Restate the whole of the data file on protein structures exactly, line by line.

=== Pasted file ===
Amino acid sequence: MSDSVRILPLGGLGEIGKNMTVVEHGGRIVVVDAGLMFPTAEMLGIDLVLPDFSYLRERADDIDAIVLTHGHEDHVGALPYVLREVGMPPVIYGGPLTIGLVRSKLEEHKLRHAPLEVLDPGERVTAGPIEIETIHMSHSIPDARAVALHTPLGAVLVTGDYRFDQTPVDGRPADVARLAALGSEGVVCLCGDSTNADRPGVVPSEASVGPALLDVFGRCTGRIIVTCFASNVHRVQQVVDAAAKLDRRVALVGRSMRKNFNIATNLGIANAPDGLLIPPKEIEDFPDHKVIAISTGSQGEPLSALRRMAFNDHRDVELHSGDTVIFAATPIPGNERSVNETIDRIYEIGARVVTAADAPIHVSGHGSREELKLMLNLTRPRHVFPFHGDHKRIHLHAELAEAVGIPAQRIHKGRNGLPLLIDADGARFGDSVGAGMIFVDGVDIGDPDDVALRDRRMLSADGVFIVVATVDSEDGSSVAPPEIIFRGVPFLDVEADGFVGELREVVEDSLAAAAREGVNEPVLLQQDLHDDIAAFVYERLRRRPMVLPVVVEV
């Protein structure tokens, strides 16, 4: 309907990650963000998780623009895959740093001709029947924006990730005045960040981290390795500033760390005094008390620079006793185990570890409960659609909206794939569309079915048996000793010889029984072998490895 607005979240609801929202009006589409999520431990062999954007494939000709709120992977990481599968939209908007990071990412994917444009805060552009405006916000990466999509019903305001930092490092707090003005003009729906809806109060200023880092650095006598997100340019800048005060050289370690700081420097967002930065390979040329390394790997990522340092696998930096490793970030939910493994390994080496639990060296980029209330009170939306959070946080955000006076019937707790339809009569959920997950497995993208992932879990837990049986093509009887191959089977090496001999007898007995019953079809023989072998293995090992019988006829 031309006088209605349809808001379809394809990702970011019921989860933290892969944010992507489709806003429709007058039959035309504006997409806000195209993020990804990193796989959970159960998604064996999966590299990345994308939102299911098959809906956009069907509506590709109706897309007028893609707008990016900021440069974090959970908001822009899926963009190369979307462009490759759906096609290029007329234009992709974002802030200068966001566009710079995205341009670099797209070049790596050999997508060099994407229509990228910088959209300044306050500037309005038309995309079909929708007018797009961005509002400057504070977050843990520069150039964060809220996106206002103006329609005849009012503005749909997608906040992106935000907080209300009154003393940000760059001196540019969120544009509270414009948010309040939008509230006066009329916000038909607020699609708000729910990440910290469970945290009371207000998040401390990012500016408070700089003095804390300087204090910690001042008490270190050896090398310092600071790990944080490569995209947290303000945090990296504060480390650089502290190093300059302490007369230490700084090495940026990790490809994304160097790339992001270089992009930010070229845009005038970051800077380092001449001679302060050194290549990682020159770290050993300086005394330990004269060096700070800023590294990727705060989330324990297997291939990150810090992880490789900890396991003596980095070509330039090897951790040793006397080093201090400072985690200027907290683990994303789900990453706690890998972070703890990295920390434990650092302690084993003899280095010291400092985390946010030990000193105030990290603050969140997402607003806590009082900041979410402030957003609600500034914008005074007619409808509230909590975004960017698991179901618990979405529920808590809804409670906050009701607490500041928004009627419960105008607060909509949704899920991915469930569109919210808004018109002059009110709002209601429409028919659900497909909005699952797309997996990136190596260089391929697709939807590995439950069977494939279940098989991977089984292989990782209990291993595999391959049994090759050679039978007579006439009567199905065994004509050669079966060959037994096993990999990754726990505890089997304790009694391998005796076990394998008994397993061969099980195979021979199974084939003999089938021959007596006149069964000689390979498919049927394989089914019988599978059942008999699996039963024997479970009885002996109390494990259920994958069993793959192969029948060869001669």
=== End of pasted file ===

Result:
Amino acid sequence: MSDSVRILPLGGLGEIGKNMTVVEHGGRIVVVDAGLMFPTAEMLGIDLVLPDFSYLRERADDIDAIVLTHGHEDHVGALPYVLREVGMPPVIYGGPLTIGLVRSKLEEHKLRHAPLEVLDPGERVTAGPIEIETIHMSHSIPDARAVALHTPLGAVLVTGDYRFDQTPVDGRPADVARLAALGSEGVVCLCGDSTNADRPGVVPSEASVGPALLDVFGRCTGRIIVTCFASNVHRVQQVVDAAAKLDRRVALVGRSMRKNFNIATNLGIANAPDGLLIPPKEIEDFPDHKVIAISTGSQGEPLSALRRMAFNDHRDVELHSGDTVIFAATPIPGNERSVNETIDRIYEIGARVVTAADAPIHVSGHGSREELKLMLNLTRPRHVFPFHGDHKRIHLHAELAEAVGIPAQRIHKGRNGLPLLIDADGARFGDSVGAGMIFVDGVDIGDPDDVALRDRRMLSADGVFIVVATVDSEDGSSVAPPEIIFRGVPFLDVEADGFVGELREVVEDSLAAAAREGVNEPVLLQQDLHDDIAAFVYERLRRRPMVLPVVVEV
């Protein structure tokens, strides 16, 4: 309907990650963000998780623009895959740093001709029947924006990730005045960040981290390795500033760390005094008390620079006793185990570890409960659609909206794939569309079915048996000793010889029984072998490895 607005979240609801929202009006589409999520431990062999954007494939000709709120992977990481599968939209908007990071990412994917444009805060552009405006916000990466999509019903305001930092490092707090003005003009729906809806109060200023880092650095006598997100340019800048005060050289370690700081420097967002930065390979040329390394790997990522340092696998930096490793970030939910493994390994080496639990060296980029209330009170939306959070946080955000006076019937707790339809009569959920997950497995993208992932879990837990049986093509009887191959089977090496001999007898007995019953079809023989072998293995090992019988006829 031309006088209605349809808001379809394809990702970011019921989860933290892969944010992507489709806003429709007058039959035309504006997409806000195209993020990804990193796989959970159960998604064996999966590299990345994308939102299911098959809906956009069907509506590709109706897309007028893609707008990016900021440069974090959970908001822009899926963009190369979307462009490759759906096609290029007329234009992709974002802030200068966001566009710079995205341009670099797209070049790596050999997508060099994407229509990228910088959209300044306050500037309005038309995309079909929708007018797009961005509002400057504070977050843990520069150039964060809220996106206002103006329609005849009012503005749909997608906040992106935000907080209300009154003393940000760059001196540019969120544009509270414009948010309040939008509230006066009329916000038909607020699609708000729910990440910290469970945290009371207000998040401390990012500016408070700089003095804390300087204090910690001042008490270190050896090398310092600071790990944080490569995209947290303000945090990296504060480390650089502290190093300059302490007369230490700084090495940026990790490809994304160097790339992001270089992009930010070229845009005038970051800077380092001449001679302060050194290549990682020159770290050993300086005394330990004269060096700070800023590294990727705060989330324990297997291939990150810090992880490789900890396991003596980095070509330039090897951790040793006397080093201090400072985690200027907290683990994303789900990453706690890998972070703890990295920390434990650092302690084993003899280095010291400092985390946010030990000193105030990290603050969140997402607003806590009082900041979410402030957003609600500034914008005074007619409808509230909590975004960017698991179901618990979405529920808590809804409670906050009701607490500041928004009627419960105008607060909509949704899920991915469930569109919210808004018109002059009110709002209601429409028919659900497909909005699952797309997996990136190596260089391929697709939807590995439950069977494939279940098989991977089984292989990782209990291993595999391959049994090759050679039978007579006439009567199905065994004509050669079966060959037994096993990999990754726990505890089997304790009694391998005796076990394998008994397993061969099980195979021979199974084939003999089938021959007596006149069964000689390979498919049927394989089914019988599978059942008999699996039963024997479970009885002996109390494990259920994958069993793959192969029948060869001669």